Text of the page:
Backup 1987-2012: Il Best


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Backup 1987-2012: Il Best Review

by Mariano Prunes

Jovanotti had not released a proper greatest-hits collection in Italy since 1995's outstanding Lorenzo 1990-1995. In the meantime, he had continued to make records which typically hogged the Italian rankings' top spot for months, as he restlessly tried out new stylistic directions and, much to his own surprise, eventually became one of the country's quintessential pop cultural icons of the late 20th and early 21st century. By the time his career reached the 25-year mark, Jovanotti decided it was the right moment to put his house (or rather, his PC files) in exhaustive order with the aptly titled Backup 1987-2012. Released in late 2012 just in time to entice hordes of Christmas shoppers, Backup is a colossal anthology project offered in three physical and two digital editions. The standard two-CD edition (also available digitally) contains 39 tracks, and could be considered an expanded version of Lorenzo 1990-1995, as it includes all of his hits as well as a couple of new tracks. The deluxe four-CD edition (again, also available for download) ups the ante to 75 tracks, while the limited Box Edition simply goes bananas: 123 tracks on seven CDs, an 8-GB pen drive with everything Jovanotti ever recorded in mp3 format (about 600 tracks), two DVDs, the first with all of Jovanotti's influential video clips and the second compiling all of his TV appearances (offering an involuntary but revealing overview of contemporaneous Italian TV history in the process), a photo album, an autobiographical 100-page book in which Jovanotti tells his own story, plus of course the artifact, the box, which is an object d'art in itself.

As for the music, the first three discs of both the four- and the seven-CD editions are the same and essentially improve on the two-CD version, adding another 20 tracks culled from Jovanotti's studio discography. Two things should be noted here: contrary to Lorenzo 1990-1995, Jovanotti's first two albums are also (if scantily) represented here. While the first time around Jovanotti was still striving to be taken seriously and thus trying to disassociate himself from his juvenile efforts, now he can comfortably afford to embrace his early novelty hits, such as "Gimme Five" or "La Mia Moto," with a wide grin and a wink that all of his fans will share -- some doubtlessly with a tear in the eye and memories of adolescence lost. Secondly, since Jovanotti's weakest point has always been his lack of editing abilities, his albums are usually cluttered with unnecessary tracks. Streamlining his output to three discs, this compilation stands as the definitive portrait of the artist. Fortunately, it has always been fairly simply to tell his killer material from his filler, so there is very little room for debate about controversial inclusions or scandalous exclusions -- a lament may arise over the absence of only two fine album tracks: “Mario" and "Libera L'anima."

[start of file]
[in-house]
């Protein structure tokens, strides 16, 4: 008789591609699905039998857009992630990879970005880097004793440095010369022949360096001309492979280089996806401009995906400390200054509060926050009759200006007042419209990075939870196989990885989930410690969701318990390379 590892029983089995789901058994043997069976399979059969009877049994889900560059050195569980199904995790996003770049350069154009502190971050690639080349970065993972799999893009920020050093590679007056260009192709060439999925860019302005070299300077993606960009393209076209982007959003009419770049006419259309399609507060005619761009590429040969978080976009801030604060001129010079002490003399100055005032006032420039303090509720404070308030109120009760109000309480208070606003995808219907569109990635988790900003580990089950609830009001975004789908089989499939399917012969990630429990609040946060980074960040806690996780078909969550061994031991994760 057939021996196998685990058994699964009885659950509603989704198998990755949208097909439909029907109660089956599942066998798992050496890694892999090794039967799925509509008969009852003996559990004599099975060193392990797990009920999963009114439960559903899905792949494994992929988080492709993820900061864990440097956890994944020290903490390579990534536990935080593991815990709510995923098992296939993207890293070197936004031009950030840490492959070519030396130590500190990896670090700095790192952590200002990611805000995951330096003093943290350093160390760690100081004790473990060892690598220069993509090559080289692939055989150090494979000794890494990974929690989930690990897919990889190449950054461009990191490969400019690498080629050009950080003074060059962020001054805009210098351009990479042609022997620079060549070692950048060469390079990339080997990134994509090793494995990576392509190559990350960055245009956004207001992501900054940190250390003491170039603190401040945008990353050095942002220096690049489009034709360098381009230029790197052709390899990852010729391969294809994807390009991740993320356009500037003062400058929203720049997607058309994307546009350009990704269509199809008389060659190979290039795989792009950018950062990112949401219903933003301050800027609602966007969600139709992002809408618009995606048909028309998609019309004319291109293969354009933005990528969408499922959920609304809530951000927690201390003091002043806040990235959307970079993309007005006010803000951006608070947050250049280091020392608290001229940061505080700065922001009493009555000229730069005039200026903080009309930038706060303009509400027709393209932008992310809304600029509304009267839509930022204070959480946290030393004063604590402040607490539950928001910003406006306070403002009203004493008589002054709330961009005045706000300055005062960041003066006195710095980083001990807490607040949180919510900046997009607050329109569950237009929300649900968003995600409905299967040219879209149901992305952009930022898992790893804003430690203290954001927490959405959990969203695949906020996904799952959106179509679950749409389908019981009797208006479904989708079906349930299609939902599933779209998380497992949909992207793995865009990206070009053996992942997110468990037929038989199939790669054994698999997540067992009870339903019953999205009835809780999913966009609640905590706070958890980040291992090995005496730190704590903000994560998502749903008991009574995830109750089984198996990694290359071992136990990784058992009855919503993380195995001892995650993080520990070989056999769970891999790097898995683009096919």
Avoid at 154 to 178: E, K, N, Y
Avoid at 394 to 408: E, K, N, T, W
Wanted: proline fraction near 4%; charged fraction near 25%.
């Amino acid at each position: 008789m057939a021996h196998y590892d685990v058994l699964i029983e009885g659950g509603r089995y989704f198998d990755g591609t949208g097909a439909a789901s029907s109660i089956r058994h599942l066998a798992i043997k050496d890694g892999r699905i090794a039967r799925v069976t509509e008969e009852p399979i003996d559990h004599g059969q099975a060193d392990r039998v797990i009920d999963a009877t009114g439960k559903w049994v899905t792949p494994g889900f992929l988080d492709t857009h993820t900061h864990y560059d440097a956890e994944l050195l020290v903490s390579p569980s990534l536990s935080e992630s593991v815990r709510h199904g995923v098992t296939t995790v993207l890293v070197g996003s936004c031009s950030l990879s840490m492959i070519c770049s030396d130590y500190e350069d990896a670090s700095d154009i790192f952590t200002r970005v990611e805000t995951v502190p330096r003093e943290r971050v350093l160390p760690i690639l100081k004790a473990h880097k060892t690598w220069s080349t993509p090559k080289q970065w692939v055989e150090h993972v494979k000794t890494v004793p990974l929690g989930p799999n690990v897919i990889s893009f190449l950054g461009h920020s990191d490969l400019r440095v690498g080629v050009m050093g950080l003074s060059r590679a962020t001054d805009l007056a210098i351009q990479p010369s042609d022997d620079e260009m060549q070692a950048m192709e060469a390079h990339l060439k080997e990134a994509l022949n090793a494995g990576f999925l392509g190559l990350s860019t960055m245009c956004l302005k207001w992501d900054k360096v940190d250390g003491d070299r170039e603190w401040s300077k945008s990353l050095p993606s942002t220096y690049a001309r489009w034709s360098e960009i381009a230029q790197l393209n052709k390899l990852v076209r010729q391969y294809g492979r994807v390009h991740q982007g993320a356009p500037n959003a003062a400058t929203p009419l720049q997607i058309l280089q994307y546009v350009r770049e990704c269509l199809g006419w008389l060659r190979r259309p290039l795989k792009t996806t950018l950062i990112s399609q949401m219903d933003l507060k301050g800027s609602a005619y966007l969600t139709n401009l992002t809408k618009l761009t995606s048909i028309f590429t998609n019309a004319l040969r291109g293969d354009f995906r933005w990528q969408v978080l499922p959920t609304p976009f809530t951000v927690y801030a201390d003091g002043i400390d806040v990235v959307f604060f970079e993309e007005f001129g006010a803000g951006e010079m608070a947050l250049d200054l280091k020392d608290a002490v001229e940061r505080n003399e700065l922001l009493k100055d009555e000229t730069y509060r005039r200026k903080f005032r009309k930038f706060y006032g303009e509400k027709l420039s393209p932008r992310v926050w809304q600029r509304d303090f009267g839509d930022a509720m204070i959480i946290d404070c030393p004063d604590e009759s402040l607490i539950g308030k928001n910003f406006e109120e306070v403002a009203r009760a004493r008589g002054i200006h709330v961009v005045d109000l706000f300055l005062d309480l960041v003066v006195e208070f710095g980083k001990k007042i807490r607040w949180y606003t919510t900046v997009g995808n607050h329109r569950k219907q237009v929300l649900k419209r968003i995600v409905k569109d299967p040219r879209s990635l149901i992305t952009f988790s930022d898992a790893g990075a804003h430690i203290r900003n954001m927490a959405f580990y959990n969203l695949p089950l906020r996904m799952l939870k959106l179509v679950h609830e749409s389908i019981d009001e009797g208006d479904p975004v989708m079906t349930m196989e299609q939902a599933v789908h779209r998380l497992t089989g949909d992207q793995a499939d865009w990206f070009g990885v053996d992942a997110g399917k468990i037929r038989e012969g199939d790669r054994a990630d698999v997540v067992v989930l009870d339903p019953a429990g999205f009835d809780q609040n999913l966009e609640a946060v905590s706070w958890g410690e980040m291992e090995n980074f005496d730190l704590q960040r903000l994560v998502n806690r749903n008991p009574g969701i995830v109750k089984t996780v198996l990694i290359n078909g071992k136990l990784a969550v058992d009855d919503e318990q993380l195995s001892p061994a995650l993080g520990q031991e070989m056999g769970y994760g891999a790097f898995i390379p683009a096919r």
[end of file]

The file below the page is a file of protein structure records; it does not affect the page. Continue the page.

The remaining material of the Box Edition is divided as follows: CD-4 includes rare studio and live tracks and CD-5 compiles Jovanotti's collaborations with other artists such as Benny Benassi, Jorge Drexler, Sergio Mendes, Ornella Vanoni, Cesare Cremonini, J-Ax, Ligabue, and Piero Pelù, Jarabe de Palo, and Amadou & Mariam. CDs 6 and 7, the only ones that can be considered throwaways, contain remixed versions of Jovanotti's many hits. As for the Deluxe Edition, the fourth and last CD includes a mix of CDs 4-5 of the Box Edition, i.e. the crop of the rarities and duets, but no remixes. Throughout the entire project, Jovanotti scatters nine previously unreleased songs (all fine, none essential), often at the beginning and end of each individual CD. These all sound like recent efforts, conceivably either brand new songs or outtakes from Safari and Ora, and are typically fairly eclectic, from the electro single "Tensione Eolutiva," the folky "Estate," and the piano ballad "Terra Degli Uomini" to the swinging "Tu Mi Porti Su" and the closer "Rimbalza," in which Jovanotti goes back to rap (and the reason he began making music 25 years ago to begin with). In summary, regardless of the edition of choice, Backup 1987-2012 is a superlative encapsulation of one of the biggest names in Italian pop music. Better still, considering the high quality of his most recent work, this is an artist who still has plenty to give. Expect an even more monumental anthology in 2037.

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